For years Noel Pearson has been using people like me as a punching bag, and I’m sick of it. Having cajoled and bullied one government after another into pouring millions into his pet schemes, thereby depriving more worthy Indigenous projects of funds, they have failed, failed and failed again. And so he resorts to type, casting around for someone to blame, venting his seemingly bottomless rage against everyone who does not praise his vision.
This time he has unleashed a volley of vituperation against the ABC and various other FWCs (see below). “Racists”, the lot of them; not, mind you, because the ABC depicts Aboriginal fathers as no-hopers, or because it has attacked Indigenous welfare, or because it has justified locking up black kids.
No, the ABC is a “miserable racist” organisation because it stands in the way of the kind of “radical centre” policies Pearson champions. There he was again the other day at a book launch wheeling out his wearying form of faux-Martin Luther King oratory:
“They [the ABC] need blacks to remain alien from mothers’ bosoms, carceral in legions, living short lives of grief and tribulation. Because, if it was not so, against whom could they direct their soft bigotry of low expectations, about whom could they report misery and bleeding tragedy?”
“Mothers’ bosoms”, “carceral in legions”, “bleeding tragedy”: gimme a break. This is not soaring rhetoric but pompous twaddle in search of a scapegoat.
More to the point, it’s spiteful and unjust. Yet it’s just the kind of bigoted lashing Pearson has been serving up for years, and which is cheered by figures on the radical right who love any attack on “the left”, like Tony Abbott and Maurice Newman and Pearson’s patrons at The Australian.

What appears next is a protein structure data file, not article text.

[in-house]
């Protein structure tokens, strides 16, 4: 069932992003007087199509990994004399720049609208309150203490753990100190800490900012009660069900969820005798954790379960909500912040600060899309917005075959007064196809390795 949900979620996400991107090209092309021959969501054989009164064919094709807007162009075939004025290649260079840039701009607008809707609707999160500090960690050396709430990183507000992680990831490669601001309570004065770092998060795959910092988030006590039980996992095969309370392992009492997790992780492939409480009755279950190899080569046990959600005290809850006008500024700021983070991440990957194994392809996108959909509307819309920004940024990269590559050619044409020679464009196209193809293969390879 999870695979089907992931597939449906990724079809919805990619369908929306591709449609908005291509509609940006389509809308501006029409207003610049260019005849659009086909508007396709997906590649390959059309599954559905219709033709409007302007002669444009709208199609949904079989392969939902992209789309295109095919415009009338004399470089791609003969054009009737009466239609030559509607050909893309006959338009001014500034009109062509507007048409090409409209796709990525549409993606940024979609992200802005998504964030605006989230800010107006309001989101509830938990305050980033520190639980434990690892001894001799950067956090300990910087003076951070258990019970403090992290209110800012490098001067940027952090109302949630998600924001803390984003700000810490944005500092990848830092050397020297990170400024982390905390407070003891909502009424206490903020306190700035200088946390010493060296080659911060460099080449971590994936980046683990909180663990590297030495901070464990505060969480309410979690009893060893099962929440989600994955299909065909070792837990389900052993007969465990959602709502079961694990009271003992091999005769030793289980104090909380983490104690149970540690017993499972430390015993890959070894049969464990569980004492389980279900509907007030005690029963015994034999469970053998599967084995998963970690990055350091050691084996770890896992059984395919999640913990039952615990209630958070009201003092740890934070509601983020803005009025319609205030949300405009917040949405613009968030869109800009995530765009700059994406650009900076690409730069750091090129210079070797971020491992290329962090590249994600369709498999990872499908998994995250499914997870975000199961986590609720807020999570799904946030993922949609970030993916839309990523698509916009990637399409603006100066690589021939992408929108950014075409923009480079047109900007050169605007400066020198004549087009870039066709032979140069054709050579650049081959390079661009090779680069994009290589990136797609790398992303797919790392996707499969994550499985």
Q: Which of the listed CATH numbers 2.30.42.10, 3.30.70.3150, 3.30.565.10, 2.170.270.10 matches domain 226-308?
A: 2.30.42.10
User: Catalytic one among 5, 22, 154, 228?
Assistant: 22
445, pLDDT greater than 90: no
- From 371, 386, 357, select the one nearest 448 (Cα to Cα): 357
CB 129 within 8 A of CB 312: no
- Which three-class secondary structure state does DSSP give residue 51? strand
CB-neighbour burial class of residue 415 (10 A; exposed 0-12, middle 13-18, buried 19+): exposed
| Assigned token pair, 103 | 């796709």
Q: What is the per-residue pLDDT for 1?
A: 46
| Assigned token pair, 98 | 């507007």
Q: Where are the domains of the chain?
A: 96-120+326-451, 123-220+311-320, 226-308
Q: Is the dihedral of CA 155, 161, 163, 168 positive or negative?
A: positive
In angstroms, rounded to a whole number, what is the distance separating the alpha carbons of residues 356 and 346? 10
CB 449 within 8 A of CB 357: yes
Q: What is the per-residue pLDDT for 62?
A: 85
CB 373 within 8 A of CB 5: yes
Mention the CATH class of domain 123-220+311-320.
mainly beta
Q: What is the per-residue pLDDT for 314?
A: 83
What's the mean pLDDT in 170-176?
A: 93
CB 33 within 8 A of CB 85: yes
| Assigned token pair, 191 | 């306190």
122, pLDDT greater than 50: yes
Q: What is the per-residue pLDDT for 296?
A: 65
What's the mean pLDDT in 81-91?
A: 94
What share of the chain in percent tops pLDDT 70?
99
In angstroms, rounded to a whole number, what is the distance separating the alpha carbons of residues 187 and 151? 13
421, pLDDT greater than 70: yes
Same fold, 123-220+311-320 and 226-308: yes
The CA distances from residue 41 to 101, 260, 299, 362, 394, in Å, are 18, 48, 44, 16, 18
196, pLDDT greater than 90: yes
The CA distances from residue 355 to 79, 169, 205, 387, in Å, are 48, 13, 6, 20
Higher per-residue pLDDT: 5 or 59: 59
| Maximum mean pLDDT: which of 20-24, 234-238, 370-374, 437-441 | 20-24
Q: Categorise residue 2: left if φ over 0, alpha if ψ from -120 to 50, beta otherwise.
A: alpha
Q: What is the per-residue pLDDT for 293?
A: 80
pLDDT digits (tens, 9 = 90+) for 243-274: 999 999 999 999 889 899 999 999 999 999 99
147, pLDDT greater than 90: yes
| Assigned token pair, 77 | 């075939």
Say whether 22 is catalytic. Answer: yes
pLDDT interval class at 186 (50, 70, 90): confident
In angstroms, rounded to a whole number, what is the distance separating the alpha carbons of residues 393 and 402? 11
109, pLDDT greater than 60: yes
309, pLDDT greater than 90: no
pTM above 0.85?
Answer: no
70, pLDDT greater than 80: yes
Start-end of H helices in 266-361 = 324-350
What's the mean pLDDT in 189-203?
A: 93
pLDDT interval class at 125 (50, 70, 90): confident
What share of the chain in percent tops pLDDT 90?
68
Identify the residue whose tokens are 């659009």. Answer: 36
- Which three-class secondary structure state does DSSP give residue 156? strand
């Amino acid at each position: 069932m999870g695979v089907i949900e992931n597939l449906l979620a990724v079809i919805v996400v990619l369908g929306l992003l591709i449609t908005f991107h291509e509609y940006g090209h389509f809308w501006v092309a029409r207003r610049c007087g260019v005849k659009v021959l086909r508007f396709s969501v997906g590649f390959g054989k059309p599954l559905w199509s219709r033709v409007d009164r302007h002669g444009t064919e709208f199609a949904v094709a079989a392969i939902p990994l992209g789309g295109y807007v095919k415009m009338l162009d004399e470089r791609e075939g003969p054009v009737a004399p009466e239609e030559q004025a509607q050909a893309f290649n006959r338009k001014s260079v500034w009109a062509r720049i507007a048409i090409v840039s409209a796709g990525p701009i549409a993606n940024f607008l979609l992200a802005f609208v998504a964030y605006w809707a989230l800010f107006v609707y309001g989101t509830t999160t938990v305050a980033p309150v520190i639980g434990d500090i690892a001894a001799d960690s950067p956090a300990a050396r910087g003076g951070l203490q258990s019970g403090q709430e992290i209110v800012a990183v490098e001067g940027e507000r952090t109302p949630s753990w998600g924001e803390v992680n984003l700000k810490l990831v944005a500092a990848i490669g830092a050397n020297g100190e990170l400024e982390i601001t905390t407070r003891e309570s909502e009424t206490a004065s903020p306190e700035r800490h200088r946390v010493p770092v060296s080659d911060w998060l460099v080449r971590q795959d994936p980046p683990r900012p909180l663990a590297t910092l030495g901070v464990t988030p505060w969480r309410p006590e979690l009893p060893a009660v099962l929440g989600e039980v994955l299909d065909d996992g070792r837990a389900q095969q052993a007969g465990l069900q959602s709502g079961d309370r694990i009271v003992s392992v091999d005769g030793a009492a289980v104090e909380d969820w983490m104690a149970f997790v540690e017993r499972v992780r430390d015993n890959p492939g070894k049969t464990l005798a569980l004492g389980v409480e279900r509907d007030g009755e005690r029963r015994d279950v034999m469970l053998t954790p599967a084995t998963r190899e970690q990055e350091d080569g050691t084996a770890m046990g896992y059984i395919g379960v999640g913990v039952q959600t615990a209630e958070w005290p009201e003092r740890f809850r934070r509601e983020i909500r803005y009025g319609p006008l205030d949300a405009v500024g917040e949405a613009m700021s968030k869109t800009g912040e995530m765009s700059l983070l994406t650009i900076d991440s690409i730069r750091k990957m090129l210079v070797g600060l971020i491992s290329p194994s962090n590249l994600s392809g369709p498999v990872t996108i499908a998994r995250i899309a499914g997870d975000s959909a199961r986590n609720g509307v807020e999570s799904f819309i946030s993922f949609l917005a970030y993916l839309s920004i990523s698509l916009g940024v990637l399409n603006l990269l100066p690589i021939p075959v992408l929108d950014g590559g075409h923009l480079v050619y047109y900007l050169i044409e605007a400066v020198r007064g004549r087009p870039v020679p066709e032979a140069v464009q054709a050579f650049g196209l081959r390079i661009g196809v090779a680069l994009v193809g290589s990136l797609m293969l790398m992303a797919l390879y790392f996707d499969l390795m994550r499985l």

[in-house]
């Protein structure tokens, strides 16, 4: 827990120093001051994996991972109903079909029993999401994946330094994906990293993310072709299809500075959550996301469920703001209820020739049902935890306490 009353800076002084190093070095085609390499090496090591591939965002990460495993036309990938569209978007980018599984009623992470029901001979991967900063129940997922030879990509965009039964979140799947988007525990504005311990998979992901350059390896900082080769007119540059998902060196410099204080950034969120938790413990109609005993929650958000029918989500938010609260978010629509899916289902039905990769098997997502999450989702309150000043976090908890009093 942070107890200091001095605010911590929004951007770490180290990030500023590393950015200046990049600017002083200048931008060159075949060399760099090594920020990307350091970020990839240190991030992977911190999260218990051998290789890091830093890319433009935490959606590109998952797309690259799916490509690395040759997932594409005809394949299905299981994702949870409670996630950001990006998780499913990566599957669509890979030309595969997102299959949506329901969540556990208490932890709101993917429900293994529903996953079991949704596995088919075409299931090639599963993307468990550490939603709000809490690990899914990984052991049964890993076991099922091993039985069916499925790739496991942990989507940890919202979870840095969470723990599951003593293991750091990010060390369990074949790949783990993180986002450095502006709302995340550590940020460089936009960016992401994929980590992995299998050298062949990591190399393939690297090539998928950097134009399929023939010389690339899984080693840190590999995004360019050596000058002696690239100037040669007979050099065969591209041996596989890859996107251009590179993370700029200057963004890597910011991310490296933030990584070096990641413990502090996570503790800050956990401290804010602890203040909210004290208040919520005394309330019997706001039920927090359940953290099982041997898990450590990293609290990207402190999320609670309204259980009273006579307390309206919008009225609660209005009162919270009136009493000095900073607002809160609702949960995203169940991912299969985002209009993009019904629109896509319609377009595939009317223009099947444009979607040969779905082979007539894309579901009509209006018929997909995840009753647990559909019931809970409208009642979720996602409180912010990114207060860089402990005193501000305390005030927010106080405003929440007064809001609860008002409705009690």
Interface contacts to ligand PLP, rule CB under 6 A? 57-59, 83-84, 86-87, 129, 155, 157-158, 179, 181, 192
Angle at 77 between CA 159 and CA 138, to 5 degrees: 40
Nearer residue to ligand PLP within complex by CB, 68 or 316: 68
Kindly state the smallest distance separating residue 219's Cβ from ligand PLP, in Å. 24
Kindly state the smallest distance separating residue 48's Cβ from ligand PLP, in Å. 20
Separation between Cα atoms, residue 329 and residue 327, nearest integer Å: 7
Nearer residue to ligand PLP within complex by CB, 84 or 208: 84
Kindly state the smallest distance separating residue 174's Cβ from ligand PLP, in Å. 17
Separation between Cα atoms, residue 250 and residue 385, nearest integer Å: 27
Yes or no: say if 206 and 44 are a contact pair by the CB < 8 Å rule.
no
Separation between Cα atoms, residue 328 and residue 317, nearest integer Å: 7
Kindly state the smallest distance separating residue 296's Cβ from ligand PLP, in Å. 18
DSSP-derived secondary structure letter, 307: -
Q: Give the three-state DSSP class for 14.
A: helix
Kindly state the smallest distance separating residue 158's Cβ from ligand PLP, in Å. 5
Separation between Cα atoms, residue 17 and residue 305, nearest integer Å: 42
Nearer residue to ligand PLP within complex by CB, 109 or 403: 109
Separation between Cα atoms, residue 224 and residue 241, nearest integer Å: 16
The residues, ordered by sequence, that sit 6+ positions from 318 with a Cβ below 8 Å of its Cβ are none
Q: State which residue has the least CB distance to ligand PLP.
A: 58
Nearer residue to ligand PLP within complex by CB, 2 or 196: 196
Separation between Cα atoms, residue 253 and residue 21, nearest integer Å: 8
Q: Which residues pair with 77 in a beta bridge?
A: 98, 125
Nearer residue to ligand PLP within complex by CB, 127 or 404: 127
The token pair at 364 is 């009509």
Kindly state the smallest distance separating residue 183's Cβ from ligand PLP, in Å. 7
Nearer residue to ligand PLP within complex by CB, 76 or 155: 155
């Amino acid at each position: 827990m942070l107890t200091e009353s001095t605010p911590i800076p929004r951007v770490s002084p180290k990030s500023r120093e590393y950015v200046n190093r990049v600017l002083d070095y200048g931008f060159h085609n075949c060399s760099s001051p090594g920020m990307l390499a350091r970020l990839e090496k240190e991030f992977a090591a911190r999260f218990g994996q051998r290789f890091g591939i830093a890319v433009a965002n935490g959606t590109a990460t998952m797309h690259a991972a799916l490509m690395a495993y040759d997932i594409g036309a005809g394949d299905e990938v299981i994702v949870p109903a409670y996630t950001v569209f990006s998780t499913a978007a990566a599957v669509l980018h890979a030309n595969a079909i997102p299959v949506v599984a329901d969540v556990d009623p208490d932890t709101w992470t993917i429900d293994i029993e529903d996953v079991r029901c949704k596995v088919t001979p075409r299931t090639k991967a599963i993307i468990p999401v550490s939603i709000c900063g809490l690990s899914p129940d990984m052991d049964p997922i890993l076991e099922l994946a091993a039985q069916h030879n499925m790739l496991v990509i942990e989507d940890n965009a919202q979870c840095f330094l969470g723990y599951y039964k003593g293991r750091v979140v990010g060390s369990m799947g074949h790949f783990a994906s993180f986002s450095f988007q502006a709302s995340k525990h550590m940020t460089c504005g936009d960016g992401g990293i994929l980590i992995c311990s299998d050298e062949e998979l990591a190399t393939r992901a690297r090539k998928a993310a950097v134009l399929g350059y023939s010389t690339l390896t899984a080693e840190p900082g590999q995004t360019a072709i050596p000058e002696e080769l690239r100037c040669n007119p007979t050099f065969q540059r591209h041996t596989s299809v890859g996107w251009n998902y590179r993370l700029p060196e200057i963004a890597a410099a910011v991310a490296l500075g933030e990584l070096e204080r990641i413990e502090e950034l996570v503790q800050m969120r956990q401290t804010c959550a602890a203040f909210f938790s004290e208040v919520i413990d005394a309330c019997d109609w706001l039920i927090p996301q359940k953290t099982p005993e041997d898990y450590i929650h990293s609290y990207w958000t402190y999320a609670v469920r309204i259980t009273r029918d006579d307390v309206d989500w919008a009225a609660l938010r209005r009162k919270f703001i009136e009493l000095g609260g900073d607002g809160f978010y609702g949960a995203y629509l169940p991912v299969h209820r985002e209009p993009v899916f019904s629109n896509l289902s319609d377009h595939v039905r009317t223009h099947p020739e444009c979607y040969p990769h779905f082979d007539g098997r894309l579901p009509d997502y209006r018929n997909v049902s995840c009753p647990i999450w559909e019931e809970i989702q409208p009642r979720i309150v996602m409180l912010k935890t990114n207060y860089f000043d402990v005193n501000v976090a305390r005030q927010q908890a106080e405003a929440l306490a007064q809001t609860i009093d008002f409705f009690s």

The mystery is why so many people with a progressive outlook – who have a proven commitment to doing something, anything, about the shocking state of Indigenous disadvantage – just roll over, mesmerized by these regular pummellings, like battered wives who defend their abusers.
Pearson’s bullying is legendary – a favourite oath is “f–king white c—s” (FWCs) – yet some white folks still can’t get enough of him. Troy Bramston invites him to launch his Keating biography. Gough Whitlam’s family chooses him to give the eulogy. He’s feted by the State Library of Victoria, Griffith University and the Sir Robert Menzies Trust. The ABC invited him to give the Boyer Lecture, although that was before he went feral.
Even the FWCs at the ABC and Fairfax still reverently seek his pearls of Indigenous wisdom.
While white leaders and commentators fawn, Indigenous people, among whom Pearson is widely despised, have hit back. Indigenous activists have challenged his claim to any kind of leadership, accusing him of a “love affair with white Australia” or, in the words of Darumbul woman Amy McQuire, of being the “undisputed black darling of Australian media”.
Activist Wayne Wharton says he is “always more comfortable where there’s no Aboriginal people or Aboriginal people that aren’t articulate”. Black activists burnt his effigy. When Pearson walks into a room of Indigenous leaders it’s as if an Arctic wind just blew in.
Pearson has few followers in the Indigenous community – not even in his Cape York backyard – so any change must be imposed from the top. His missionary zeal leaves his people impassive and his programs flagging, though he can bring corporate CEO’s into Aurukun to paint the school library.
Pearson’s tough-love welfare reforms have seen governments pour millions into his patch in Cape York – “$200 million over six years for 2961 people” according to one estimate – with minimal effect. Luckily for him, his programs are subject to “shockingly low scrutiny”.
Martin Luther King was a great orator because his words could move his people, as well as sympathetic white folks. Pearson’s oratory can make masochistic FWCs dewy-eyed and induce conservative politicians to pump ever-greater sums of cash into the black hole of Cape York.
But “his people” watch unmoved.
Among Pearson’s handful of Indigenous supporters is Rachel Perkins, Charles Perkins’ daughter. She admires his courage, not least because he is “fearless in confronting Aboriginal people themselves and being hated by them for it.”
Could that have been said of Dr King? That the mark of his leadership was to be hated by his own people? But that’s the thing about Noel Pearson: for all of his ferocious attacks on white reformers, underneath it all it’s Aboriginal people who really disappoint him.